—Clyde Russell is a Reuters columnist. The views expressed are his own.—
By Clyde Russell
LAUNCESTON, Australia, May 11 (Reuters) - China’s efforts to re-energise its economy through interest rate cuts are probably not enough to give much of a boost to commodity import demand, but oddly enough may act to boost some commodity exports.
The People’s Bank of China cut interest rates for the third time in six months on May 10 in the wake of weaker-than-expected trade and inflation numbers.
Analysts are divided on whether the rate cut will have much of an impact, with a seeming consensus that at best it will act to halt the slowing of economic growth, rather than increasing the pace.
For natural resource producers, already pressured by prices close to multi-year lows for several major commodities such as iron ore and coal, even a stabilisation of economic growth around Beijing’s 7 percent annual target would be good news.
However, for China’s commodity demand to rise in any meaningful way, it’s likely that fiscal stimulus in the form of increased spending on infrastructure and social housing will have to be put in place.
While this option is definitely on the cards, it will take some time for measures to be enacted and result in a boost in commodity imports.
What’s more likely in the short term is that the authorities make concerted efforts to maintain employment levels, as keeping jobs is generally viewed as a higher priority for Beijing than ensuring profitability, especially in the giant state-controlled enterprises.
Many of these enterprises are in the resource sector, such as steel mills and aluminium smelters.
It’s no secret that both Chinese steel and aluminium producers have been struggling to stay in the black in recent years, given overcapacity and slower economic growth.
Additionally they are confronting pollution issues and government policies that are encouraging a move toward a more consumer-driven economy and less reliance on export-orientated heavy manufacturing.
Nonetheless, for now these industries remain vital employers of large numbers of workers, and in the current economic environment, it would be hard to see them idling capacity.
This means that the recent trend of rising exports of steel and aluminium products is likely to continue.
Exports of steel products jumped 33 percent to 34.31 million tonnes in the first four months of the year from the same period in 2014, while those for aluminium products leapt almost 40 percent to 1.65 million tonnes over the same period.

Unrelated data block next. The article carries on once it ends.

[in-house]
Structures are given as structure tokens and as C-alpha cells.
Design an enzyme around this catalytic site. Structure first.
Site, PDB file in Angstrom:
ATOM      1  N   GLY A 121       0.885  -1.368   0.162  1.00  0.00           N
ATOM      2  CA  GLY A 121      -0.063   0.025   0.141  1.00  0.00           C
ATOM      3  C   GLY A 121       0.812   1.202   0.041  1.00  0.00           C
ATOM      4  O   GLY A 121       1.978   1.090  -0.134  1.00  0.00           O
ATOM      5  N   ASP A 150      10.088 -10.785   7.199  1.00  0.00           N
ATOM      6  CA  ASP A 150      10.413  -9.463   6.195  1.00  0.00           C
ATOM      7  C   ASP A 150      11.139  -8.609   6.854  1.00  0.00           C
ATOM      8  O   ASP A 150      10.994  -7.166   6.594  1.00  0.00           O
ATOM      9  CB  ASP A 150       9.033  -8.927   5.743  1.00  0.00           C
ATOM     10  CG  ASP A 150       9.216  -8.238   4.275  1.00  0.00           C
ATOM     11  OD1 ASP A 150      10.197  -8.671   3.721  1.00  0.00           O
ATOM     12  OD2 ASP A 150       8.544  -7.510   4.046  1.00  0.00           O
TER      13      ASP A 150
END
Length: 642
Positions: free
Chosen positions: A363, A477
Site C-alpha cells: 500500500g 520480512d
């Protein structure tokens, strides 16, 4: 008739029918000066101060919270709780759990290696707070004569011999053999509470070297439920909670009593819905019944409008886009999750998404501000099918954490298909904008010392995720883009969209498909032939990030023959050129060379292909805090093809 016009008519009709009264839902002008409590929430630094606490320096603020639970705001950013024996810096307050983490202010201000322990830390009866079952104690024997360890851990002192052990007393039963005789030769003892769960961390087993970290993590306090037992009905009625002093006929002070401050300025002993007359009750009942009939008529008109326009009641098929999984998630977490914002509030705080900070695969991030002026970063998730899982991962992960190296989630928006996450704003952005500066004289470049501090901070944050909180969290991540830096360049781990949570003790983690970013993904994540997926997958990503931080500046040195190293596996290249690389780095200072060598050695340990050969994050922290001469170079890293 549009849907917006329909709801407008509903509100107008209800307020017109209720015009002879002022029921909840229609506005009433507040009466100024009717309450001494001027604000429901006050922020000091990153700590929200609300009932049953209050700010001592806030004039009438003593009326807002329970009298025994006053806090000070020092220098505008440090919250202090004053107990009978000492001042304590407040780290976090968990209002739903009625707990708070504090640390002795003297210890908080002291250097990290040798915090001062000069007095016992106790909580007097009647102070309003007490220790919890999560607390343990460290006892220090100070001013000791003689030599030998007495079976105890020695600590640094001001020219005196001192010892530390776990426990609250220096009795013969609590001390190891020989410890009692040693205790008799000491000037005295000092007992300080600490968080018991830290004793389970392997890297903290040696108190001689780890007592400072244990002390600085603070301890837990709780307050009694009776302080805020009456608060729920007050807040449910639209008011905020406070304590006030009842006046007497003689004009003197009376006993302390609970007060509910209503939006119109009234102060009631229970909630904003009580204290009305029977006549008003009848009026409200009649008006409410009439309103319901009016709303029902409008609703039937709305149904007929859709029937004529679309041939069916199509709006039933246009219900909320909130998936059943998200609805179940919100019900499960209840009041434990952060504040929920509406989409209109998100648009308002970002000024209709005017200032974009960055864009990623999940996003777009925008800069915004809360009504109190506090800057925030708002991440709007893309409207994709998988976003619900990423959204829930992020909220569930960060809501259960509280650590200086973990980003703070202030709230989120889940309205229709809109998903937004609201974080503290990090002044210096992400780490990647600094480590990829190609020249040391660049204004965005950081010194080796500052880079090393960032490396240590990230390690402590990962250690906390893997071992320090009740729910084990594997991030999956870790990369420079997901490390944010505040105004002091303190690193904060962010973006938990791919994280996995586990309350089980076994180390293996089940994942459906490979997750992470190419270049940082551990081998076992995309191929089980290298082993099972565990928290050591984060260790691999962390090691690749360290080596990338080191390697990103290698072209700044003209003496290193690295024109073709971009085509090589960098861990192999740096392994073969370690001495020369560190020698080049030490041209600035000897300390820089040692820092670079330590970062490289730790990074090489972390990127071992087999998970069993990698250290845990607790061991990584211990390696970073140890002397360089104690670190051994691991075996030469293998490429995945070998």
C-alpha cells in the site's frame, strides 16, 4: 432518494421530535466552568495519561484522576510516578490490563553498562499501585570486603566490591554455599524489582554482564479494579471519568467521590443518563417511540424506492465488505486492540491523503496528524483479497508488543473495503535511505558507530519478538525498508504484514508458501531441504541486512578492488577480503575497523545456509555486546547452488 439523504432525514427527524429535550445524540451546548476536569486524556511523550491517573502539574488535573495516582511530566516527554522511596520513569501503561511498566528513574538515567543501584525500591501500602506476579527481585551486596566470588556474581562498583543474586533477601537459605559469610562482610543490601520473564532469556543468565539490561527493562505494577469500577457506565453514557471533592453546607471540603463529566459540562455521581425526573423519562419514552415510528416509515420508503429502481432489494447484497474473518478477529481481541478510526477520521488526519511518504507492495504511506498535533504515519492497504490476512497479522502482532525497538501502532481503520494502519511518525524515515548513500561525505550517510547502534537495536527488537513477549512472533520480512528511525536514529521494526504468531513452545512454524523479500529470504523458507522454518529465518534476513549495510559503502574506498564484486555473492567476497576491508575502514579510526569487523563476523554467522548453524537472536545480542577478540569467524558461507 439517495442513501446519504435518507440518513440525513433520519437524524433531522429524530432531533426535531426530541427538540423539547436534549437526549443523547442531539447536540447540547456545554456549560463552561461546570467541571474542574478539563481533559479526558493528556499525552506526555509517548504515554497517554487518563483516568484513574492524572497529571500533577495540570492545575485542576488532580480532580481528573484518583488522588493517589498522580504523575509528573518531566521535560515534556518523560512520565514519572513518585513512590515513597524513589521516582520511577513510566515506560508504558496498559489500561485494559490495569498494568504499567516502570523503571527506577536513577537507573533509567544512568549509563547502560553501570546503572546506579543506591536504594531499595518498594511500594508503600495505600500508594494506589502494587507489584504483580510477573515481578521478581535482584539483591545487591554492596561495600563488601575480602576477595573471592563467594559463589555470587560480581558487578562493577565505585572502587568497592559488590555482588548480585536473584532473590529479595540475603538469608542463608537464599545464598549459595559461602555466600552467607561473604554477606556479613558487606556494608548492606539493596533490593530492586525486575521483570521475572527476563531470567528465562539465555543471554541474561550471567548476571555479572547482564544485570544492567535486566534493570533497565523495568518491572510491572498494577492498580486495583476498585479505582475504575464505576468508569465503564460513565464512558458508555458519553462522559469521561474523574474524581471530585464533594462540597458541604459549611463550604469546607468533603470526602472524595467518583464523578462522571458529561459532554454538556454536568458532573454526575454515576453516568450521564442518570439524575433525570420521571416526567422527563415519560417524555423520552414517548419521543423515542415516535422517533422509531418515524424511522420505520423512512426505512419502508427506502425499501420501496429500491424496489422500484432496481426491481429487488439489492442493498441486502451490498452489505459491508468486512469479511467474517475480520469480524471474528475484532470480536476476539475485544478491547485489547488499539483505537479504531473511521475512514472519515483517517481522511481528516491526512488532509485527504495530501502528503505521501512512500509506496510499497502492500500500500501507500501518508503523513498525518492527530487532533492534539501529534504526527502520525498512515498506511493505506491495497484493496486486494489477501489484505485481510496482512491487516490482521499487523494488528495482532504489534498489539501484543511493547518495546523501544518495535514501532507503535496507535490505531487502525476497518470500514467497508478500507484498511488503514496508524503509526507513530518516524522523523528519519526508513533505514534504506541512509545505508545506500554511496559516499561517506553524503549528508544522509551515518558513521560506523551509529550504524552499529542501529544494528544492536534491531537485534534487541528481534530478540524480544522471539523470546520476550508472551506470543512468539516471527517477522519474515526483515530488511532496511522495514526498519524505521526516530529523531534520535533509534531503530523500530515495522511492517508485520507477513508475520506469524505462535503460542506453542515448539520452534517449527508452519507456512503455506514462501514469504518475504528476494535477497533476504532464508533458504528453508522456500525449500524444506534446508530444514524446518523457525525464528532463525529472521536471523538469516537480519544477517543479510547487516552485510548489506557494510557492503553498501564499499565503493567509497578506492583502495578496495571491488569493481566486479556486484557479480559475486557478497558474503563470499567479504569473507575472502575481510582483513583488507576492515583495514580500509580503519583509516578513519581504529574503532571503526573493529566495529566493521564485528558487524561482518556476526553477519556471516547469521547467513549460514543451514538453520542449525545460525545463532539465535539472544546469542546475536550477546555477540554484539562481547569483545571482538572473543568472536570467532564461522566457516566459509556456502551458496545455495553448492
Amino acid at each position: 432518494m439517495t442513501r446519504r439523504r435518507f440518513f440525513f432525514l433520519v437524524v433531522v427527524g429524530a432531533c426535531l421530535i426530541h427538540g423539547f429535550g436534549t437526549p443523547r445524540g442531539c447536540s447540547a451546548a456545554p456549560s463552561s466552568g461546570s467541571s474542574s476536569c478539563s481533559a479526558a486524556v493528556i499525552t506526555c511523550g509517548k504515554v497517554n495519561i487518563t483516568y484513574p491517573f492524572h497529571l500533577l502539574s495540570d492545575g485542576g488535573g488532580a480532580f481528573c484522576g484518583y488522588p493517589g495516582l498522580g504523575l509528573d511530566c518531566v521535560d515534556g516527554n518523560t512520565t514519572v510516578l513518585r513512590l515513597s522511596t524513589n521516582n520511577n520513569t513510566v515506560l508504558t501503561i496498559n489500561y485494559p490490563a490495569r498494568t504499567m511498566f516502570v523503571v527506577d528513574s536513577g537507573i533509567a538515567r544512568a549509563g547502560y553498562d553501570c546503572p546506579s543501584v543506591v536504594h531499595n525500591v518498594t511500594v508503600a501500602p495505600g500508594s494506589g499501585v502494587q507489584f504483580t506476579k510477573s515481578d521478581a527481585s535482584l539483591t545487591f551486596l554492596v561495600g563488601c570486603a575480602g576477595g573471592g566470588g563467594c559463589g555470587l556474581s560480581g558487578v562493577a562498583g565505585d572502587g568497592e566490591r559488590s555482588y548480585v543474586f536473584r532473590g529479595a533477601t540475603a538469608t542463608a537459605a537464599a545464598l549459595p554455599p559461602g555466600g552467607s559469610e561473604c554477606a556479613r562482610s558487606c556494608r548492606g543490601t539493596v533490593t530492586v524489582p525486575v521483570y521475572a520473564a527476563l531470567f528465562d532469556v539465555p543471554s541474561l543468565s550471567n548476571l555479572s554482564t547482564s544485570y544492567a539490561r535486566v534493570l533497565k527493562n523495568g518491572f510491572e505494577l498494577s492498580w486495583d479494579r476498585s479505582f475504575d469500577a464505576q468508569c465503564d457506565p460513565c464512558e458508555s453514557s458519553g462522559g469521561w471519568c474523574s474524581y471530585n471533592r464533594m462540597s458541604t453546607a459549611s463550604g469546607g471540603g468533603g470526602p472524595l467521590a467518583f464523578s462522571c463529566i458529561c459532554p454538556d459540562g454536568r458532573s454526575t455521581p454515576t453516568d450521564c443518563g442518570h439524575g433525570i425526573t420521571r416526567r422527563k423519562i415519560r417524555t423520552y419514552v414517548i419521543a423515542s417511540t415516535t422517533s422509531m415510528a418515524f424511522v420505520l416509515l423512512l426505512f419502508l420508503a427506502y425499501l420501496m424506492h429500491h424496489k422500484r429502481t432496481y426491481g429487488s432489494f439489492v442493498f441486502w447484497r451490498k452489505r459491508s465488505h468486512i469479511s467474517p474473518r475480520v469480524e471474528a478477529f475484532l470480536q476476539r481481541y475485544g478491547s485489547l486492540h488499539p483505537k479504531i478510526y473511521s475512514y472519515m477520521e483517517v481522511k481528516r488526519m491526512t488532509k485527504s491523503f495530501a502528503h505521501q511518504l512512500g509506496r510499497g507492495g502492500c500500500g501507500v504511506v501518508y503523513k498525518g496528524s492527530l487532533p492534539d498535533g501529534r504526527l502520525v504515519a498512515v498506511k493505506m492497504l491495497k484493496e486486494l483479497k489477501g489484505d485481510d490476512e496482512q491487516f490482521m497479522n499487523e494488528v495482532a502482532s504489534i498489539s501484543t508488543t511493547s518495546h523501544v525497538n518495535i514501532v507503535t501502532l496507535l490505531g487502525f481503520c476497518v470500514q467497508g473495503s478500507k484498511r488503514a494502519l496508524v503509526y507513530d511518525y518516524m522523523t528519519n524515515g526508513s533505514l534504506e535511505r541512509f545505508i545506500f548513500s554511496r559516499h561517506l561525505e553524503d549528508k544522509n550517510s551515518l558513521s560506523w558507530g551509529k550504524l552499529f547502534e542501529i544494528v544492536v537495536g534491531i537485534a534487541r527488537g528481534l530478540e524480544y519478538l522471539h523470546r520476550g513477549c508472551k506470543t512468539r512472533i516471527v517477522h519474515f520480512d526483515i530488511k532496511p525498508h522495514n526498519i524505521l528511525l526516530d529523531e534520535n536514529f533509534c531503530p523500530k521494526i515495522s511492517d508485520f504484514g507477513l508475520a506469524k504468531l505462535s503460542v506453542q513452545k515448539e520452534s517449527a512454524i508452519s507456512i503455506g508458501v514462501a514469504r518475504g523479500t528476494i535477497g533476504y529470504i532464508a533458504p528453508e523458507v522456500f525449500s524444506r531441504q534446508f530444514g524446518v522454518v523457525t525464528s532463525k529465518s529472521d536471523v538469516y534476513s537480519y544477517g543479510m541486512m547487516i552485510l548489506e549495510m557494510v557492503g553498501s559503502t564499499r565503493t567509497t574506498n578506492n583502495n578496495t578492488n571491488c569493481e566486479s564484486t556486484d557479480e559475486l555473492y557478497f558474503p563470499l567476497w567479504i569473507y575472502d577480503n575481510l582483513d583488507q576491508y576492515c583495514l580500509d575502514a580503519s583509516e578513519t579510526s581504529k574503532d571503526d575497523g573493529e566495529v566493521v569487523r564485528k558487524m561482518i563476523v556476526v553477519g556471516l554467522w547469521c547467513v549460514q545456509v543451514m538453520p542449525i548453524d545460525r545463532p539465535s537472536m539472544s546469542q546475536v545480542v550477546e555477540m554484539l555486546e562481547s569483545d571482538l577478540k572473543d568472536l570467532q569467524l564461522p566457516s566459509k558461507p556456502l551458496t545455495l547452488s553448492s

Of course, Chinese exports of steel and aluminium can only happen if they are price competitive, although this is more of an issue for aluminium.
But with Shanghai Futures Exchange benchmark aluminium contract only modestly higher for the year, and the London equivalent rising, especially in recent weeks, the competitiveness of Chinese production will be improving.
There are other factors to consider. On the negative side for Chinese exports of aluminium is the declining premium for physical delivery in the West, while on the positive side is the removal of export taxes on more aluminium products.
Overall, the trend is likely to be that Chinese steel and aluminium producers will be encouraged to keep output high, and may try to boost exports as a way to sell surplus output.
High operating rates may also boost imports of raw material such as iron ore and bauxite, but given the emphasis on preserving jobs, it’s also likely that domestic mining, particularly of iron ore, will be encouraged, even if it’s loss-making.
Looking further afield, it’s possible that exports of refined oil products may also rise in coming months.
While refineries aren’t nearly as significant employers as steel mills and aluminium smelters, it’s possible that China’s oil companies will also be encouraged to operate at high levels as part of efforts to stimulate the economy.
This raises the likelihood of excess refined fuels being exported, especially if domestic demand growth remains muted.
China already has more than 2 million barrels per day of excess refining capacity, and with Asian refining margins currently higher than the average for the past year, there will be a profit incentive to export fuel as well. (Editing by Richard Pullin)